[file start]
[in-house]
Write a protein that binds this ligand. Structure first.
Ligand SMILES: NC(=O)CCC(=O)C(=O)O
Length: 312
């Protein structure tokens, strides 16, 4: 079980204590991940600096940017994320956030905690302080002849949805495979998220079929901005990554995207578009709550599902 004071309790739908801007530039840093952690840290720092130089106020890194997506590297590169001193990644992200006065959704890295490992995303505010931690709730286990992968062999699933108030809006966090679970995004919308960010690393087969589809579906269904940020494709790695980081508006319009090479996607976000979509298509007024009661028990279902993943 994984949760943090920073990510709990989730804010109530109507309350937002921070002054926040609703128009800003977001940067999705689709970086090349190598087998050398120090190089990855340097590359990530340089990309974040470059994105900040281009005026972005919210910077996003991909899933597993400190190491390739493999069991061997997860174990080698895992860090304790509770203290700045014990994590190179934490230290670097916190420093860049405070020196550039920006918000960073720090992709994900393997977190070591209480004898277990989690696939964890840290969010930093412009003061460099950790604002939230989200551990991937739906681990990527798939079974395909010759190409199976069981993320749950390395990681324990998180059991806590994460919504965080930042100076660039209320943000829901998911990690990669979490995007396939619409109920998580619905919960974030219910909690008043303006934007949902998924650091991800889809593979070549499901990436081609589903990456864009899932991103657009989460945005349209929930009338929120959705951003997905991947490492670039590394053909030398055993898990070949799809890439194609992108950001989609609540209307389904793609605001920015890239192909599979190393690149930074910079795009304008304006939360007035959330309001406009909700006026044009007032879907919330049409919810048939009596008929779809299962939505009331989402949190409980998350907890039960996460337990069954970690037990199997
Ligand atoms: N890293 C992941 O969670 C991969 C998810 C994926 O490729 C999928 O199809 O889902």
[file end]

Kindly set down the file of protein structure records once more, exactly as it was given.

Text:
[in-house]
Write a protein that binds this ligand. Structure first.
Ligand SMILES: NC(=O)CCC(=O)C(=O)O
Length: 312
């Protein structure tokens, strides 16, 4: 079980204590991940600096940017994320956030905690302080002849949805495979998220079929901005990554995207578009709550599902 004071309790739908801007530039840093952690840290720092130089106020890194997506590297590169001193990644992200006065959704890295490992995303505010931690709730286990992968062999699933108030809006966090679970995004919308960010690393087969589809579906269904940020494709790695980081508006319009090479996607976000979509298509007024009661028990279902993943 994984949760943090920073990510709990989730804010109530109507309350937002921070002054926040609703128009800003977001940067999705689709970086090349190598087998050398120090190089990855340097590359990530340089990309974040470059994105900040281009005026972005919210910077996003991909899933597993400190190491390739493999069991061997997860174990080698895992860090304790509770203290700045014990994590190179934490230290670097916190420093860049405070020196550039920006918000960073720090992709994900393997977190070591209480004898277990989690696939964890840290969010930093412009003061460099950790604002939230989200551990991937739906681990990527798939079974395909010759190409199976069981993320749950390395990681324990998180059991806590994460919504965080930042100076660039209320943000829901998911990690990669979490995007396939619409109920998580619905919960974030219910909690008043303006934007949902998924650091991800889809593979070549499901990436081609589903990456864009899932991103657009989460945005349209929930009338929120959705951003997905991947490492670039590394053909030398055993898990070949799809890439194609992108950001989609609540209307389904793609605001920015890239192909599979190393690149930074910079795009304008304006939360007035959330309001406009909700006026044009007032879907919330049409919810048939009596008929779809299962939505009331989402949190409980998350907890039960996460337990069954970690037990199997
Ligand atoms: N890293 C992941 O969670 C991969 C998810 C994926 O490729 C999928 O199809 O889902």